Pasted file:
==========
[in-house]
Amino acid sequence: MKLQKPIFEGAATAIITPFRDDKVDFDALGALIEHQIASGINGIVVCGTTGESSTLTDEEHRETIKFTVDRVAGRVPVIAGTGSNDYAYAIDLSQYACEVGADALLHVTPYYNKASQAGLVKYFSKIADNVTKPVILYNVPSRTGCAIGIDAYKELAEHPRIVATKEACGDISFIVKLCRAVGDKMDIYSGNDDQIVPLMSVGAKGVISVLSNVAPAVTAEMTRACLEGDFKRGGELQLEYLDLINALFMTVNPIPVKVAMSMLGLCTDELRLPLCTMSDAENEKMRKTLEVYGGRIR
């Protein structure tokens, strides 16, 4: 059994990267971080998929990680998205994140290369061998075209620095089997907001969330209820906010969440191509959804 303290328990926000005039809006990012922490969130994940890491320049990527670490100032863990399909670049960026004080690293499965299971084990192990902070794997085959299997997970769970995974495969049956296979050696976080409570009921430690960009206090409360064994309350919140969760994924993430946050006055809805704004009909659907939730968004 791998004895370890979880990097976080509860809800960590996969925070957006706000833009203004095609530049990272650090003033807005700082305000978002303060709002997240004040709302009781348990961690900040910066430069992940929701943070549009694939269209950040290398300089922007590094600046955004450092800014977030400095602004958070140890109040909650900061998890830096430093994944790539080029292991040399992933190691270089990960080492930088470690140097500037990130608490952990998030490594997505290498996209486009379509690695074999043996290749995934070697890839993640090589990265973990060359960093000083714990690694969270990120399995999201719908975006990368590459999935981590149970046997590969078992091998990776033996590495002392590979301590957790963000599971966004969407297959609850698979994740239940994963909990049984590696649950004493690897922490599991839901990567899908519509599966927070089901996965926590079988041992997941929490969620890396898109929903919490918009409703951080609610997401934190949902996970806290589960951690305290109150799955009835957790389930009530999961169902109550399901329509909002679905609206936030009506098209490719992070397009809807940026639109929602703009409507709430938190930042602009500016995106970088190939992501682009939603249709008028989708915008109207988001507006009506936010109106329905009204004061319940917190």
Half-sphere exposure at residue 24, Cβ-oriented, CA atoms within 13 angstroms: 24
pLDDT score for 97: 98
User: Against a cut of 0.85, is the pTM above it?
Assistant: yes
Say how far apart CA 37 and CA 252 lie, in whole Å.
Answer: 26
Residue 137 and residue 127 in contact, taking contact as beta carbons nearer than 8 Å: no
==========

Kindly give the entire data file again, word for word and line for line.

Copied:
[in-house]
Amino acid sequence: MKLQKPIFEGAATAIITPFRDDKVDFDALGALIEHQIASGINGIVVCGTTGESSTLTDEEHRETIKFTVDRVAGRVPVIAGTGSNDYAYAIDLSQYACEVGADALLHVTPYYNKASQAGLVKYFSKIADNVTKPVILYNVPSRTGCAIGIDAYKELAEHPRIVATKEACGDISFIVKLCRAVGDKMDIYSGNDDQIVPLMSVGAKGVISVLSNVAPAVTAEMTRACLEGDFKRGGELQLEYLDLINALFMTVNPIPVKVAMSMLGLCTDELRLPLCTMSDAENEKMRKTLEVYGGRIR
């Protein structure tokens, strides 16, 4: 059994990267971080998929990680998205994140290369061998075209620095089997907001969330209820906010969440191509959804 303290328990926000005039809006990012922490969130994940890491320049990527670490100032863990399909670049960026004080690293499965299971084990192990902070794997085959299997997970769970995974495969049956296979050696976080409570009921430690960009206090409360064994309350919140969760994924993430946050006055809805704004009909659907939730968004 791998004895370890979880990097976080509860809800960590996969925070957006706000833009203004095609530049990272650090003033807005700082305000978002303060709002997240004040709302009781348990961690900040910066430069992940929701943070549009694939269209950040290398300089922007590094600046955004450092800014977030400095602004958070140890109040909650900061998890830096430093994944790539080029292991040399992933190691270089990960080492930088470690140097500037990130608490952990998030490594997505290498996209486009379509690695074999043996290749995934070697890839993640090589990265973990060359960093000083714990690694969270990120399995999201719908975006990368590459999935981590149970046997590969078992091998990776033996590495002392590979301590957790963000599971966004969407297959609850698979994740239940994963909990049984590696649950004493690897922490599991839901990567899908519509599966927070089901996965926590079988041992997941929490969620890396898109929903919490918009409703951080609610997401934190949902996970806290589960951690305290109150799955009835957790389930009530999961169902109550399901329509909002679905609206936030009506098209490719992070397009809807940026639109929602703009409507709430938190930042602009500016995106970088190939992501682009939603249709008028989708915008109207988001507006009506936010109106329905009204004061319940917190």
Half-sphere exposure at residue 24, Cβ-oriented, CA atoms within 13 angstroms: 24
pLDDT score for 97: 98
User: Against a cut of 0.85, is the pTM above it?
Assistant: yes
Say how far apart CA 37 and CA 252 lie, in whole Å.
Answer: 26
Residue 137 and residue 127 in contact, taking contact as beta carbons nearer than 8 Å: no